After watching the Chicago Cubs in 2012, it's evident that they were playing for the future. They gave ample playing time to prospects Brett Jackson, Dave Sappelt and Josh Vitters—as well as young relief and starting pitchers—and were met with mixed results.
But most of the Cubs’ best young talent spent 2012 at the lower levels of minor league baseball; many not making it above High-A ball. And they are young…really young. Five of the top 10 are under 20 years old.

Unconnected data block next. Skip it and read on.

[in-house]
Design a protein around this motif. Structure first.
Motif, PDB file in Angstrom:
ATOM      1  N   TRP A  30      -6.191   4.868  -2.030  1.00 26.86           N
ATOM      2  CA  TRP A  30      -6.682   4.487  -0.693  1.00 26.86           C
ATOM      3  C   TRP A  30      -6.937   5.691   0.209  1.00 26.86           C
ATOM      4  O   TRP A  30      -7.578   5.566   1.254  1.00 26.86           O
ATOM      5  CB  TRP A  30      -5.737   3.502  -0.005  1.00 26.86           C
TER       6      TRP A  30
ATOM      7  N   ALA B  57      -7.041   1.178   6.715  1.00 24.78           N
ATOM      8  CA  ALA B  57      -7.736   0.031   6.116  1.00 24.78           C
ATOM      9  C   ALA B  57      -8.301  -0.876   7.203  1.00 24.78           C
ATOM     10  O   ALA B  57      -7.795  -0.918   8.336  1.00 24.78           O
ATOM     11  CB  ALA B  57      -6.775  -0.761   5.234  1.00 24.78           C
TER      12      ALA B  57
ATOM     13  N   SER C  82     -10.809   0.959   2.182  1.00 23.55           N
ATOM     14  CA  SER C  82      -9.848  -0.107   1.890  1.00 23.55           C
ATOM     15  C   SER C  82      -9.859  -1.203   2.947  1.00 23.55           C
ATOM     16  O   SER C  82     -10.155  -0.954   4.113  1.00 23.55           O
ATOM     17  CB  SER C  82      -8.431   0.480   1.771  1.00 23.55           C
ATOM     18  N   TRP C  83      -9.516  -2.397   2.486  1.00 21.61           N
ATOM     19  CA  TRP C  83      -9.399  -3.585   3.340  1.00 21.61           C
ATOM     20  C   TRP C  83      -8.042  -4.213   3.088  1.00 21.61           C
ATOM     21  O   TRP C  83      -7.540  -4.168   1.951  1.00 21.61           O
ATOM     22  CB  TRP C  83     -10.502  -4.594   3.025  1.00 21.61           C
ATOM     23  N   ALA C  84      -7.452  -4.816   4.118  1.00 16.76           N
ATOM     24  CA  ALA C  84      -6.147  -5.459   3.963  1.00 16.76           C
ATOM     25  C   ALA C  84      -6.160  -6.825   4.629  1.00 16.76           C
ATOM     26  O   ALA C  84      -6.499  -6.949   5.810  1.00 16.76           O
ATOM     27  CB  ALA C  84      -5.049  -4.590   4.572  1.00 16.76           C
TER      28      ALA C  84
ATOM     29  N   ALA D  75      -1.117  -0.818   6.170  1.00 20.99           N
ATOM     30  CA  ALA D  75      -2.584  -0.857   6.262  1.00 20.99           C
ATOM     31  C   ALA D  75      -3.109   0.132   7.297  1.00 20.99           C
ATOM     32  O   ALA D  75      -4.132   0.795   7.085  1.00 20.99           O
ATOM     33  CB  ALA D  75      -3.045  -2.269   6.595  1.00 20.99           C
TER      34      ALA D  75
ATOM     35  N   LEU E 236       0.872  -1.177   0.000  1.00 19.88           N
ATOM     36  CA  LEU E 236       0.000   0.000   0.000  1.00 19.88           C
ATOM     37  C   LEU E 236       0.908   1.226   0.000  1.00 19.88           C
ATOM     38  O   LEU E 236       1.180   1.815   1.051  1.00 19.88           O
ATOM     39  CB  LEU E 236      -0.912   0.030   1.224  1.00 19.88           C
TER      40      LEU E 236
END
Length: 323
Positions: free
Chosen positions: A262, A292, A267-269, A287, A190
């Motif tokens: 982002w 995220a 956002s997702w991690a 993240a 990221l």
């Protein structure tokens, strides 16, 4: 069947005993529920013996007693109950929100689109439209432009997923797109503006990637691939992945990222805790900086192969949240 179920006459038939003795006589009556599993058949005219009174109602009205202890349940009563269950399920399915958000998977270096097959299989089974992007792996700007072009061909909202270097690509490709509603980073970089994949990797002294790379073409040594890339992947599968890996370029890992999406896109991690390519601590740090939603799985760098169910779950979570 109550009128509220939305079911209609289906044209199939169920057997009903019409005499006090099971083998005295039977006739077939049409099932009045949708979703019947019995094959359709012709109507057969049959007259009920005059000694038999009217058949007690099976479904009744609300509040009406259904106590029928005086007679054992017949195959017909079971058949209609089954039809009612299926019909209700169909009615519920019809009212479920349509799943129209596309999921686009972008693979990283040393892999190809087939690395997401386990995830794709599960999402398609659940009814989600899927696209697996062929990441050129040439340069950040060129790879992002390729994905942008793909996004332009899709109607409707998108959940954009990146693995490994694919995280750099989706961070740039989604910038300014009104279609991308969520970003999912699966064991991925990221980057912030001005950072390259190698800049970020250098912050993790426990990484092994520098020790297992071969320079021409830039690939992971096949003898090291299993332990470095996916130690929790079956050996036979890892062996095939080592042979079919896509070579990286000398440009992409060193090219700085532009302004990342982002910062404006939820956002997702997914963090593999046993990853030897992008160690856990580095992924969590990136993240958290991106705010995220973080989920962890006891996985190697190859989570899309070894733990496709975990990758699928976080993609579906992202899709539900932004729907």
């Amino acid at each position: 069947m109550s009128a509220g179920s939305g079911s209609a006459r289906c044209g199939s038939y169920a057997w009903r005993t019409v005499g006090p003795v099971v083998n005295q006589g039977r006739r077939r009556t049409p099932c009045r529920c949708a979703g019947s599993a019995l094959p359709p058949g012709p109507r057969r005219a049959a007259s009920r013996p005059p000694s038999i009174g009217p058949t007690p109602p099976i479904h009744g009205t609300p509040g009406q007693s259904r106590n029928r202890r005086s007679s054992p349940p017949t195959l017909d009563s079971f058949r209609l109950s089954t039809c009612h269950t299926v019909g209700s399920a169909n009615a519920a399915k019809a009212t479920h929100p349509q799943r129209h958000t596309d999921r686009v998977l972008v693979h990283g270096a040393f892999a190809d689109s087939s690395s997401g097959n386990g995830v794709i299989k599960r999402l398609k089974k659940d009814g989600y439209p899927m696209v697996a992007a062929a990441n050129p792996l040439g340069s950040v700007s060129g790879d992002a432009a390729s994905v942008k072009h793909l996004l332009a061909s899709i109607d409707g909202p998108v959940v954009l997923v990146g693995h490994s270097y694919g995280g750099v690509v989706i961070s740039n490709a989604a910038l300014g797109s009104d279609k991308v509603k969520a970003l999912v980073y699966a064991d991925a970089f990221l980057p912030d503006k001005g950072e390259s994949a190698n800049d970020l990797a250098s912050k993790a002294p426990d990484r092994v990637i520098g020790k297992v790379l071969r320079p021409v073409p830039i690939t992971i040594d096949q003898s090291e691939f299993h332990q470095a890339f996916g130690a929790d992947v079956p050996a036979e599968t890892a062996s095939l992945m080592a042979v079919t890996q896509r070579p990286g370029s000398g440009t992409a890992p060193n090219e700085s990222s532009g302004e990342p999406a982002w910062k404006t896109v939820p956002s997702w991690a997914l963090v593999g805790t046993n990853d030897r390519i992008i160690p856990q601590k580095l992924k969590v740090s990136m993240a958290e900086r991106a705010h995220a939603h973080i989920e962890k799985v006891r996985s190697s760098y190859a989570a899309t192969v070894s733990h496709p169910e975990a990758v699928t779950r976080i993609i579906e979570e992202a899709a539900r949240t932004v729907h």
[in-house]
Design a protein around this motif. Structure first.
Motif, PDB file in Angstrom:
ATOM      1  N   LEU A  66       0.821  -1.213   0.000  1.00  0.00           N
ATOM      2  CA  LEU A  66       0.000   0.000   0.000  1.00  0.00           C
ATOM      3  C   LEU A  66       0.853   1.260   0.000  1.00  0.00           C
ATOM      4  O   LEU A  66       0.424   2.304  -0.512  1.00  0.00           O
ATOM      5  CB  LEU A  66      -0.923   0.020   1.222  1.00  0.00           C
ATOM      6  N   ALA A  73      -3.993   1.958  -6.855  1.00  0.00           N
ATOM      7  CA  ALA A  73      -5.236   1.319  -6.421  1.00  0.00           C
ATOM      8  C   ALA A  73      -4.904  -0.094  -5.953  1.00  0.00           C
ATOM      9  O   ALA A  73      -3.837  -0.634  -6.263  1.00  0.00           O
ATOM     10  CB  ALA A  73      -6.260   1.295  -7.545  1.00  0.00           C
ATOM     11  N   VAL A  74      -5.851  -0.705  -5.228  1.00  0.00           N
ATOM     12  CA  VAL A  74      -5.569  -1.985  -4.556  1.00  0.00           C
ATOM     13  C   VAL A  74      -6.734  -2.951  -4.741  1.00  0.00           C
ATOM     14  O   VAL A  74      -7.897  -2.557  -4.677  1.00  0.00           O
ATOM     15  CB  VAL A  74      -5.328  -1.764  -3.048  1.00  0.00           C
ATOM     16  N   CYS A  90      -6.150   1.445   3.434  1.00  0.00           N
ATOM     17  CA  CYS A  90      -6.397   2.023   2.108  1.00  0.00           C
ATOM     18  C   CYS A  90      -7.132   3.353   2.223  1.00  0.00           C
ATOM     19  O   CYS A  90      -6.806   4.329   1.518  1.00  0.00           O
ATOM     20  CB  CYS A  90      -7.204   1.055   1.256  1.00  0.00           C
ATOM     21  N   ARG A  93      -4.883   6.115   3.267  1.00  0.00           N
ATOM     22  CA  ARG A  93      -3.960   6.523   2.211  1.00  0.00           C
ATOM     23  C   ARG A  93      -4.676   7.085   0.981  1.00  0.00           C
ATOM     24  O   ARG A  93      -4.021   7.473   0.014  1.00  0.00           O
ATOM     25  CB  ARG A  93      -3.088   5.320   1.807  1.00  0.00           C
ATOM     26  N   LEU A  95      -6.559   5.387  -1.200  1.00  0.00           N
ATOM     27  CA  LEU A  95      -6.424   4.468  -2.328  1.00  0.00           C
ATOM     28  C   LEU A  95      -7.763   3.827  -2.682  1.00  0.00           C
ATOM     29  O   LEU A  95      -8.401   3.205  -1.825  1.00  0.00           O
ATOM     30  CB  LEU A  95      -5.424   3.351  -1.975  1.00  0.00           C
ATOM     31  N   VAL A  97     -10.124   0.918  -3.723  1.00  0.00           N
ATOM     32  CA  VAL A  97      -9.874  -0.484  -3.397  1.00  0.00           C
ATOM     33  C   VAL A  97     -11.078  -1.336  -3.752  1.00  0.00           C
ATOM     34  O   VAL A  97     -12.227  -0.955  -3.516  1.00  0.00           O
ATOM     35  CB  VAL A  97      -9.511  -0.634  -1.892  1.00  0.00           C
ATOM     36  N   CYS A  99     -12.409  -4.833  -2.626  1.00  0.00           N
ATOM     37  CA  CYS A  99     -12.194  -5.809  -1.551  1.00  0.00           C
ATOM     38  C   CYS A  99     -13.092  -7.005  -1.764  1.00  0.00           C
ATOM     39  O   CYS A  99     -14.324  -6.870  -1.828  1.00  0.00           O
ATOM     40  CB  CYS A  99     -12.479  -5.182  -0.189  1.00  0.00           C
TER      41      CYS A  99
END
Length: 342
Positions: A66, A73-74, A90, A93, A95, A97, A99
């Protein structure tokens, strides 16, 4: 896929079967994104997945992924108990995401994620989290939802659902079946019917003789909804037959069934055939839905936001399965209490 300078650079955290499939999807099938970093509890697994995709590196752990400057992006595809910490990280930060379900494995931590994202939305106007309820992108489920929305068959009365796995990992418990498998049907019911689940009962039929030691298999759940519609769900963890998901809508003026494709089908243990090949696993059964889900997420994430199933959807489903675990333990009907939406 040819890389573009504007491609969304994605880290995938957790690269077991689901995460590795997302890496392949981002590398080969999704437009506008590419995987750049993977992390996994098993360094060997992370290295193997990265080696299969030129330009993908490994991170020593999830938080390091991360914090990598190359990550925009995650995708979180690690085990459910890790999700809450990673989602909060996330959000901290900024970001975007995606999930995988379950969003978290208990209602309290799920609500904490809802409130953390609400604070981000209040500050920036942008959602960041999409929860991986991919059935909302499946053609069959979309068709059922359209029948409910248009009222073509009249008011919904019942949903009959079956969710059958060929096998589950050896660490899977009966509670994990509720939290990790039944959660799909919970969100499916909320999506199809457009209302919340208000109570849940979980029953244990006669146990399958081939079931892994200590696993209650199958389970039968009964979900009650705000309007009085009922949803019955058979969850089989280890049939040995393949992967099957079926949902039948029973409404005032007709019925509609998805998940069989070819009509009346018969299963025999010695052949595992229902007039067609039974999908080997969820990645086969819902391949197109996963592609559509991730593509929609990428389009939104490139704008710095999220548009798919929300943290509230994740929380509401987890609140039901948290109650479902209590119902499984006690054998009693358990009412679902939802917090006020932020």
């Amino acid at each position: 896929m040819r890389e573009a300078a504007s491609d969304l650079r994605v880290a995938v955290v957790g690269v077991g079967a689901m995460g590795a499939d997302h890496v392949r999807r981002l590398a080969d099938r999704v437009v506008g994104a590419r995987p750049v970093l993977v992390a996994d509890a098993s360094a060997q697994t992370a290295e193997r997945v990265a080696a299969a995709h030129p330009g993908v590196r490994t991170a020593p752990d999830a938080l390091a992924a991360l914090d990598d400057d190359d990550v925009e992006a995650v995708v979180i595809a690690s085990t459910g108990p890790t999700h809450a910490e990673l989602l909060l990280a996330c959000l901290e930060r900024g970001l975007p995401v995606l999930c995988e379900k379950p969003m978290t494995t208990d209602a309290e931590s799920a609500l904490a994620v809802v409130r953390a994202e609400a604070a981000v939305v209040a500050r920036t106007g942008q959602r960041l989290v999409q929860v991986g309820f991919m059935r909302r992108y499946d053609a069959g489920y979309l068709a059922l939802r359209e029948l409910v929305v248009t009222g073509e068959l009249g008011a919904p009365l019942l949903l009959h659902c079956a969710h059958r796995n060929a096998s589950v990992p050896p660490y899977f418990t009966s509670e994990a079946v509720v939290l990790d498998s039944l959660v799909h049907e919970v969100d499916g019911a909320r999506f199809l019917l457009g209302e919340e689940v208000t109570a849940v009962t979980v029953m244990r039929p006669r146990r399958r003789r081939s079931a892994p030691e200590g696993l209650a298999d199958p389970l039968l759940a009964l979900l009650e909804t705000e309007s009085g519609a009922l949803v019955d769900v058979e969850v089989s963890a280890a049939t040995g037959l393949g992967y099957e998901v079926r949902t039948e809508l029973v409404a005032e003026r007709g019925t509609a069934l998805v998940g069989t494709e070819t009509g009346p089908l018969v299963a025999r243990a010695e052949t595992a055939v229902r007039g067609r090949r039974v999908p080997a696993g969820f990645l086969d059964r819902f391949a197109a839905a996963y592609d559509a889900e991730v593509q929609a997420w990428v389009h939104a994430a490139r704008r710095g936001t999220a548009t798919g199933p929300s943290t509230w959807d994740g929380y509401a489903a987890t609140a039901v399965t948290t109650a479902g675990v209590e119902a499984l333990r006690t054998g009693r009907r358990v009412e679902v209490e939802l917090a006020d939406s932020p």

While the present for the Cubs may be dark or hazy, the future looks bright.
A handful of Cubs prospects are in most—if not all—major lists of top 100 prospects, including three being in Baseball America’s 2012 Midseason Top 50 prospects list.
Yet slotting the players is difficult. Should the rankings be based on how they have performed thus far or how they are projected to perform? Practice or theory?
Some will be ranked by how they have been projected to perform, and some have the numbers that do not necessitate performance projection.